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Grenke Classic: 6th Round

The first game features an interesting pawn sacrifice by MVL in order to deal with the annoying queen on a4. In the second game Caruana tried to get Hou Yifan out of her preparation and almost got punished for it.

On a sidenote: This tournament features excellent commentary by Leko. He seems to know everything about everything and doesn’t have a problem with sharing his knowlede with the audience.

Vincent Keymer wins the Grenke Open

8/9 with a GM-norm at the age of 13 sounds quite promising. The kid doesn’t come out of nowhere. He has already shown in youth competitions that he is the number one talent in Germany by far. He is working with Leko which means that his openings are already on a very high level. As the rating-underdog he has the advantage that many opponents are playing for a win against him. Right now he can gain Elo by drawing or by the occasional variance, like his victory against the hungarian GM Rapport. Once he becomes the favorite, things will have to be re-evaluated. Keep in mind that the human brain is fully grown around the age of 15, so he has lots of physical upside-potential. In any case, for Germany it’s either him or nobody.

Modern concepts in the Classical French

It is very hard to defend the French on the highest level. If you check out Negi’s book, you will realize that virtually every single mainline is refuted. Yet black is successful every once in a while, because white has to be precise and there are simply too many too many lines to remember. The biggest recent ideas for black where the high class waiting-move Be7, supporting the pawn on c5 with b6 and leaving the knight on c8. In this game Blübaum comes up with a new move-order, which seems to be known to both players, and they quickly agree to a draw. The big question is if Caruana held back the refutation, because revealing the secret simply wasn’t worth it.

What a Finish!

Congratulations to Fabiano Caruana for becoming the challenger for the World Championship.

Nice comeback!

I didn’t expect Caruana to beat Aronian in the Ruy Lopez. Obviously I was wrong. Maybe Caruana can handle pressure after all. Tough luck for Aronian who got caught again. So far he lost 26.7 Elo points.

This game is a masterclass in creating and exploiting suboptimal piece placement. The bishop never felt comfortable on the kingside and finally had to be sacrificed. The strategy reminds me of Karpov.

Tough pill to swallow

Caruana allowed Karjakin to play a strong exchange sacrifice. Ironically sacrificing an exchange is a very common method to defeat weaker players who aren’t weak enough to blunder material. If you wonder where Karjakin’s million dollar match preparation against Carlsen went, I guess you can see an example here.

After this masterpiece there is a very good chance for Karjakin-Carlsen Reloaded. I don’t see Wesley losing with white to Karjakin and I don’t see Karjakin beating Ding. Caruana needs get lucky with black against the high variance player Grischuk. It would be a catastrophe for russian chess of course. One thing is clear: Karjakin can handle pressure, while I am not so sure with Caruana.

Kramnik on the Marshall Gambit

It’s not a novelty, but it’s new on the highest level. Kramnik’s approach is probably the easiest way to get a technical position in the Marshall Gambit. It is not clear though if this was a bluff or his secondary repertoire. Nevertheless Kramnik is in such a slump that he must be regarded as the target. Caruana missed a golden chance.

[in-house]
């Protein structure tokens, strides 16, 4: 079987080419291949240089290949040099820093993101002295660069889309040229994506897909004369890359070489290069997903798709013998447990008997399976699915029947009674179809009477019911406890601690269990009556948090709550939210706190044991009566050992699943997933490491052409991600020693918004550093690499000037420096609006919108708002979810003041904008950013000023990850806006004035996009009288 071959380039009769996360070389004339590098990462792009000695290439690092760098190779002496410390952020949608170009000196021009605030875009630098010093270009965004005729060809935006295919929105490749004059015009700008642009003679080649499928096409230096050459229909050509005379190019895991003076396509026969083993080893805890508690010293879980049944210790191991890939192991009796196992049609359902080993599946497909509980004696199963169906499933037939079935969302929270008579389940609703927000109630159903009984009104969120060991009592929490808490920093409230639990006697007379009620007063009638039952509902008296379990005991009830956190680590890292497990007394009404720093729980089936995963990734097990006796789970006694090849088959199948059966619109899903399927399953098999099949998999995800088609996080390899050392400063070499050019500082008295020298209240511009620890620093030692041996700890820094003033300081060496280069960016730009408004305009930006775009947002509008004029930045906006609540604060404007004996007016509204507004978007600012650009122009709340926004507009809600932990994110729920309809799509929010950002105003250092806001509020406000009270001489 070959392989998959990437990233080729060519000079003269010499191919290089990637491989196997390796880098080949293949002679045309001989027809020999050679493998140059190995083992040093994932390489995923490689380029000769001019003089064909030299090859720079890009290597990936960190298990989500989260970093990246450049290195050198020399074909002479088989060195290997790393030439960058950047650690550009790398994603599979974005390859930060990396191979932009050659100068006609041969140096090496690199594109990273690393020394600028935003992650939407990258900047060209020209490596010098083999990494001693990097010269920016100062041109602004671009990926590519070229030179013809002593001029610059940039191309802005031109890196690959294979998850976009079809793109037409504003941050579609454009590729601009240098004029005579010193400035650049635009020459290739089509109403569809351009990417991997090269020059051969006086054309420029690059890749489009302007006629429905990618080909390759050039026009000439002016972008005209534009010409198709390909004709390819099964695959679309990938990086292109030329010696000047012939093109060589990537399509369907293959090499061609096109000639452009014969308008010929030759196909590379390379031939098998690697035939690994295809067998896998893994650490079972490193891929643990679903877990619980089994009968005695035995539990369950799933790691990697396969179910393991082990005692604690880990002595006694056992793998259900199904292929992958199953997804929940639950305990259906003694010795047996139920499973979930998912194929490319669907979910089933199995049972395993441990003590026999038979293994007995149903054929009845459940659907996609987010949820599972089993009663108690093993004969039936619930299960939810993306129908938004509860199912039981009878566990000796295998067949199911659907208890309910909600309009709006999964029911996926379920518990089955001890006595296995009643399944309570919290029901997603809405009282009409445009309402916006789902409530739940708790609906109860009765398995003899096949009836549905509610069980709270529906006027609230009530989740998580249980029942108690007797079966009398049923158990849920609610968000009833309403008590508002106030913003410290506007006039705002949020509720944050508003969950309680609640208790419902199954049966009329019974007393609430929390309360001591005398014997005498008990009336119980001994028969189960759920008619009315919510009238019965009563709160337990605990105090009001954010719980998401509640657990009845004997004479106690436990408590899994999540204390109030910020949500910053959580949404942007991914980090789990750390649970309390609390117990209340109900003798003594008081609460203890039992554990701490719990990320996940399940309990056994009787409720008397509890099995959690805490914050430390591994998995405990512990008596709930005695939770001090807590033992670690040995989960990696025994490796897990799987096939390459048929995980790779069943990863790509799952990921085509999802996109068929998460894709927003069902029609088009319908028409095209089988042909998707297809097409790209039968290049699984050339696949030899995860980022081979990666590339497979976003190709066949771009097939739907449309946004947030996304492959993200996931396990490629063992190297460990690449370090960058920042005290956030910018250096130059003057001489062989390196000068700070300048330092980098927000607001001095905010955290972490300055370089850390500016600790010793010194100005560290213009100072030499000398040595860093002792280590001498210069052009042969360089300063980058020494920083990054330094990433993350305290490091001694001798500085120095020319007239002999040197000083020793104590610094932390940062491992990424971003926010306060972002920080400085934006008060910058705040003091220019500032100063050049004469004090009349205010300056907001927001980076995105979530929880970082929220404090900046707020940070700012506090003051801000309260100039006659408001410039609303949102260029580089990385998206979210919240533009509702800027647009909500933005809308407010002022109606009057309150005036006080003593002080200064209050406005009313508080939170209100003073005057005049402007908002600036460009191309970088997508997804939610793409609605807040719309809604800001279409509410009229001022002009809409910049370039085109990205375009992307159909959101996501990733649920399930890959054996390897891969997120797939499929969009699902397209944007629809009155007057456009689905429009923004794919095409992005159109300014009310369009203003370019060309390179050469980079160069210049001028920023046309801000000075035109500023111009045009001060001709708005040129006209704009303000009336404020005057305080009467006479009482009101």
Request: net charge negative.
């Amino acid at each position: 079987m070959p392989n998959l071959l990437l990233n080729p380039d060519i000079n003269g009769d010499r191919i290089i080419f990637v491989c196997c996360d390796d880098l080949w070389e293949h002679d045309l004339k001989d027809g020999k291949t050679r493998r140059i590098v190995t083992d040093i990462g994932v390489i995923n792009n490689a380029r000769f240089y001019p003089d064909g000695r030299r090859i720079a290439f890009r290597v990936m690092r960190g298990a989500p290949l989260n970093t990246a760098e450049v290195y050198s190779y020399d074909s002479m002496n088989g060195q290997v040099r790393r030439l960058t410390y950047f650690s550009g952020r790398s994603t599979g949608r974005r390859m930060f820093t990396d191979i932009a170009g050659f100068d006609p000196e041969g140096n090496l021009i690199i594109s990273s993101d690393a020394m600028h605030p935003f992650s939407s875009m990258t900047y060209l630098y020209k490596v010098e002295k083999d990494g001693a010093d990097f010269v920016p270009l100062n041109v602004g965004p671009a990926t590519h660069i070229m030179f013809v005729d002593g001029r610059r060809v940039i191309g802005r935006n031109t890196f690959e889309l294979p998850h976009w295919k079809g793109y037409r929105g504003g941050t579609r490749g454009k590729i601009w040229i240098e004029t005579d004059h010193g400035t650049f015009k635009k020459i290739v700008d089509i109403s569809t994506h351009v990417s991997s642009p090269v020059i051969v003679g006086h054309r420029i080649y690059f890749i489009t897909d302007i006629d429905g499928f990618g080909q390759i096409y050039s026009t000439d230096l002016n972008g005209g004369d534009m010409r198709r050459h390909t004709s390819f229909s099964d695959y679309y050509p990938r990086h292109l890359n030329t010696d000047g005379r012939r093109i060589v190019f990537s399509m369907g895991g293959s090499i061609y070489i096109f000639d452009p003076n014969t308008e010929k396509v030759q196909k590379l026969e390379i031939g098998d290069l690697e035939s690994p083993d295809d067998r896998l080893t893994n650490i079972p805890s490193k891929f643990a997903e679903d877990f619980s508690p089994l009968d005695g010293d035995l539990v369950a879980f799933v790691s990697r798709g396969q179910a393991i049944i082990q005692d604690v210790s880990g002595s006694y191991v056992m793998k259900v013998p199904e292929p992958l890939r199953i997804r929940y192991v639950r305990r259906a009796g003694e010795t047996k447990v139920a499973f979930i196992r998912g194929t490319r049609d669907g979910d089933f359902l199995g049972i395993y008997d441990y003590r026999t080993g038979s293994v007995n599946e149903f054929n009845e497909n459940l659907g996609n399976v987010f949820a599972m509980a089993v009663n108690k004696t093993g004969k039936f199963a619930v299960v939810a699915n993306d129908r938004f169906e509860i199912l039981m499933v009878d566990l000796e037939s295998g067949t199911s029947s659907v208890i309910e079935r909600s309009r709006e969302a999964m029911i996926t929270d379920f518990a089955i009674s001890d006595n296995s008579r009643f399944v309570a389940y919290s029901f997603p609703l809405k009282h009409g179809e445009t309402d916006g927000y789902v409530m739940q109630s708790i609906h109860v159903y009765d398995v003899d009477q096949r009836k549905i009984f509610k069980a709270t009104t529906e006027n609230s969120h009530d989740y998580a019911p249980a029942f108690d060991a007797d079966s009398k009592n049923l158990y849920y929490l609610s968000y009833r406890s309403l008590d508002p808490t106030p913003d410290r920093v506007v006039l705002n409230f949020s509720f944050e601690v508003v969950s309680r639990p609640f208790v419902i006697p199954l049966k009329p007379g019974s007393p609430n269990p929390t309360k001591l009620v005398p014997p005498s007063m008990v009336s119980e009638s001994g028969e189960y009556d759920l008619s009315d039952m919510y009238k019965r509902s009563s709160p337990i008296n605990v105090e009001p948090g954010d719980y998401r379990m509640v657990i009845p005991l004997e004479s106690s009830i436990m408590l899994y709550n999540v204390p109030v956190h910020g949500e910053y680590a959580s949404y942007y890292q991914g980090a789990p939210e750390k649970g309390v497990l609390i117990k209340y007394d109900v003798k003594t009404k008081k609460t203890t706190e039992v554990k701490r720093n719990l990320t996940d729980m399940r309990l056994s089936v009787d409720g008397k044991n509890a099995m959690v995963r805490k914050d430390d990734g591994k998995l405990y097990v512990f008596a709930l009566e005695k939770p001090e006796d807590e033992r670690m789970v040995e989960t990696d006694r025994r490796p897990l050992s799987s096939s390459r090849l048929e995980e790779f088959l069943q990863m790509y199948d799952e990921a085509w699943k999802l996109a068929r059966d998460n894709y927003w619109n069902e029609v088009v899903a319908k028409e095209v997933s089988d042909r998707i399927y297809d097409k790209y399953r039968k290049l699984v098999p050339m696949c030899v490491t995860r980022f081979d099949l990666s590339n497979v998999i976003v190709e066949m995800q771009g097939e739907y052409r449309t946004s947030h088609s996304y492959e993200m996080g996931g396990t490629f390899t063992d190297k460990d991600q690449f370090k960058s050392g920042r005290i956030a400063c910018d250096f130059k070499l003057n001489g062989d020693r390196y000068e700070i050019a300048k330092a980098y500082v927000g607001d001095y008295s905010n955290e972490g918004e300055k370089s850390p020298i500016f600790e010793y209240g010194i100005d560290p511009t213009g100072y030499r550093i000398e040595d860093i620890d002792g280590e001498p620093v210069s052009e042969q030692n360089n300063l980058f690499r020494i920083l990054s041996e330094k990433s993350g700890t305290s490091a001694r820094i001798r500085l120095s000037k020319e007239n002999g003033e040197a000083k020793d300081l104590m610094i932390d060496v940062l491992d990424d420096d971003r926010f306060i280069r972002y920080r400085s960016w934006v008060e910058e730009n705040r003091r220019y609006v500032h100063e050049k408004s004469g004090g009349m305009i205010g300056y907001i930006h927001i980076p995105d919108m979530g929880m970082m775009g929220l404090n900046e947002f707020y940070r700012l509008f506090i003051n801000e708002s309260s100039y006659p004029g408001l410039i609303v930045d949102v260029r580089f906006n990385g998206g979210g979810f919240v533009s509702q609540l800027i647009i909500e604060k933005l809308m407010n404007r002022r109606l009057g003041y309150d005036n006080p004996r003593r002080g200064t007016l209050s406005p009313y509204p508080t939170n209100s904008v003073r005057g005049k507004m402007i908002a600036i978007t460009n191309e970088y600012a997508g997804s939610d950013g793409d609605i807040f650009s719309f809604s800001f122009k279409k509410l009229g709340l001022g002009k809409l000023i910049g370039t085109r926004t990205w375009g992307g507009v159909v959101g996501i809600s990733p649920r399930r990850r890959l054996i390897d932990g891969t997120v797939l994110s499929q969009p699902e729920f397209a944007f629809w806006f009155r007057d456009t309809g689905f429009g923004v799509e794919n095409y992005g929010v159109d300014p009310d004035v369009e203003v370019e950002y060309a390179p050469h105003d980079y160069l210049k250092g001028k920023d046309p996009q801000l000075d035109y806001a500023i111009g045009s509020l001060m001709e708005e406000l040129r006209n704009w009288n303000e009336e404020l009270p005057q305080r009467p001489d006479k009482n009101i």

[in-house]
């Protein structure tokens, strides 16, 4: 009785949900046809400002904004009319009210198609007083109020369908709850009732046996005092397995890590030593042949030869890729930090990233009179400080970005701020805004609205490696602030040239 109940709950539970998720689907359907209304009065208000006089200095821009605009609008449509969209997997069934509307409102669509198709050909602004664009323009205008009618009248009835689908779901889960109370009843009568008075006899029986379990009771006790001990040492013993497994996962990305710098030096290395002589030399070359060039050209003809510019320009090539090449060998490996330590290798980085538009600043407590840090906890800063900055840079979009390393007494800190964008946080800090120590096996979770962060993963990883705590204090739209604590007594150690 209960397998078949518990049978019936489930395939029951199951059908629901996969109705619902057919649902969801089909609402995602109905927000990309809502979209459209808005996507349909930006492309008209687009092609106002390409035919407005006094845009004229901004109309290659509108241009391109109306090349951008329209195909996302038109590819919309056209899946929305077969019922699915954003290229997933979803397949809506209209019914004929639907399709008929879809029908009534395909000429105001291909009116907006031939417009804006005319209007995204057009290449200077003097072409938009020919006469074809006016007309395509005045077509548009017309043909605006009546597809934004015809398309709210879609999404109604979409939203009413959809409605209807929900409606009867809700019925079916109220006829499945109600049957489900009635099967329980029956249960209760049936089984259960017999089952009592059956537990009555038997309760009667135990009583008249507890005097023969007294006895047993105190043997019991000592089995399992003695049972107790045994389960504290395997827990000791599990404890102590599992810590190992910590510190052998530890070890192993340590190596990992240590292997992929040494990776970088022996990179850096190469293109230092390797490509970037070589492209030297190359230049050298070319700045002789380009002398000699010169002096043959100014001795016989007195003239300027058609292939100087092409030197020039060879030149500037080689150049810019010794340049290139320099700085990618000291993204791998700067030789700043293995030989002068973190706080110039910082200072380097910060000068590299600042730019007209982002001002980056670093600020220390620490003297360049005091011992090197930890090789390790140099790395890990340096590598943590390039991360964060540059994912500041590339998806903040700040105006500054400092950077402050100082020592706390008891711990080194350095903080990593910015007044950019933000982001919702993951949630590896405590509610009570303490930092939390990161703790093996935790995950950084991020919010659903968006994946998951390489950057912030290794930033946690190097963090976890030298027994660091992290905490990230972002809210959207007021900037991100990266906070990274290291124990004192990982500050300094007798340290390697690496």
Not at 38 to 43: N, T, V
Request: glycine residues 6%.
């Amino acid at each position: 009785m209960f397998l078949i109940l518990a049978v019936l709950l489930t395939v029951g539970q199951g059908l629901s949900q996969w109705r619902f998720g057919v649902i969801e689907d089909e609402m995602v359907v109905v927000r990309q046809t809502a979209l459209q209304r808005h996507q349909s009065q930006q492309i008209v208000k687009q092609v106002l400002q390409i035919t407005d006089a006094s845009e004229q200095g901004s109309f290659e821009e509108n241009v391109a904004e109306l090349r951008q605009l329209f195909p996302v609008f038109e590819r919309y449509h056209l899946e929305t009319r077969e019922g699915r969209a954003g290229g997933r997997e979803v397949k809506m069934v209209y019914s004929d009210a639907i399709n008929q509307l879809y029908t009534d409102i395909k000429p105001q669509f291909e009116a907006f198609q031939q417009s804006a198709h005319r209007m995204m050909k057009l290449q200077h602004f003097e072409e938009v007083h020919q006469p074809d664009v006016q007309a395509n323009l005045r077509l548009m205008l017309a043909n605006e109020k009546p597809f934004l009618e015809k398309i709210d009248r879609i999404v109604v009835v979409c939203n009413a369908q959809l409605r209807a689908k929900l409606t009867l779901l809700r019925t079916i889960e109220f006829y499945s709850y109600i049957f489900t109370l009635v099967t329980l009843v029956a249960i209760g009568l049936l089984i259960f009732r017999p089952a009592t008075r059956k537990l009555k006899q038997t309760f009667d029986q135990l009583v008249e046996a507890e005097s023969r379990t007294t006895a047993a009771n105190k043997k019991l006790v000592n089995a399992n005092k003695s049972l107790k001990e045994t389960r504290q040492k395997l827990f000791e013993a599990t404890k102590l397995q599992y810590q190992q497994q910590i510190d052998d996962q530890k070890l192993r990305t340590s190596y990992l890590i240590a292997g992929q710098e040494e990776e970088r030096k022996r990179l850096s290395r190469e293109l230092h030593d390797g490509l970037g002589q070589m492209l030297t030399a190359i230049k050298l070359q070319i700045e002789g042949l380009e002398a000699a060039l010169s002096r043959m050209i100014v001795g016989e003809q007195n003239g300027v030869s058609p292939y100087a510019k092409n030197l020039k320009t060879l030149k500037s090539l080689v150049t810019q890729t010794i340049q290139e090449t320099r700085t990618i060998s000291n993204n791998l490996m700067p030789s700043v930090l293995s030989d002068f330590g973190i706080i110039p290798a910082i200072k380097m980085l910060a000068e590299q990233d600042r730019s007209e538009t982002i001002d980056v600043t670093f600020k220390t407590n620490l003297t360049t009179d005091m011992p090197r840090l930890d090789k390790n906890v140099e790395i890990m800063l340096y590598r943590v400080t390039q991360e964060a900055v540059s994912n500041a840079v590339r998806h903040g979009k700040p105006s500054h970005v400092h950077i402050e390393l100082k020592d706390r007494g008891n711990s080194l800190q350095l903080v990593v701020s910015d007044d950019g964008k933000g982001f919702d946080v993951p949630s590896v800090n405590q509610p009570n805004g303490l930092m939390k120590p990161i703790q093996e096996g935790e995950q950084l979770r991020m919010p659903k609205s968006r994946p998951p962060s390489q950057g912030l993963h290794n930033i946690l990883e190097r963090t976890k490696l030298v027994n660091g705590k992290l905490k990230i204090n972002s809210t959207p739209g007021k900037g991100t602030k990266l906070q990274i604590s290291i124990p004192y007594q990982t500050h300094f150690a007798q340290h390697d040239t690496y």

Caruana leads the field by half a point and has to play Karjakin (black), Aronian (white) and Grischuk (black). Meanwhile Mamedyarov will face Ding (white), Grischuk (white) and Kramnik (black). In my opinion a tiebreak is the most likely outcome.

Forced draw in the QGD

Khalifman is always good to force a quick handshake and today he didn’t disappoint the fans. This sideline of the QGD is quite interesting, because it features a high class waiting-move.

You only live twice

Previously I had declared a line in the French dead, but apparently it has a second life. The novelty is the only other move that doesn’t get evalued +1.45 or better for white.

This variation is actually quite important for the evaluation of the Classical French, because it contains a lot of forced lines that all seem to equalize, at least according to the machine.

A Freeroll and a Roller Coaster

The fourth round of the Candidates had everything that chess fans could hope for. Strong novelties, excitement and heartbreaking blunders, but also commentators with such low energy that you could almost fall asleep. Listening to Svidler’s euphemisms for six hours was just too much for me, so I had to switch it off.

Anyways, let’s start with the novelty. Grischuk prepared a nice improvement in the Moscow Variation, that changed the evaluation of Topalov’s piece sacrifice from better for black to 0.00. Black has many viable continuations, which makes it tough to keep the position under control. Ding chose the wrong one and Grischuk missed the refutation. Nevertheless this opens up a new chapter in the Moscow Variation with lots of new ground to discover.

The game of the day was the clash between the two leaders. Kramnik chose a slow approach against the Petroff to show his class, but he got slowly outplayed on the kingside. After a couple of inaccuracies by Caruana he actually managed to turn the tables, but messed it up again in time-trouble. Since there are so many missed chances on both sides, there is no point in adding computer analysis. In the end Caruana had to win the game twice to score one point.

The honorable mention goes to Aronian who managed to trick Karjakin in a sideline of the Vienna.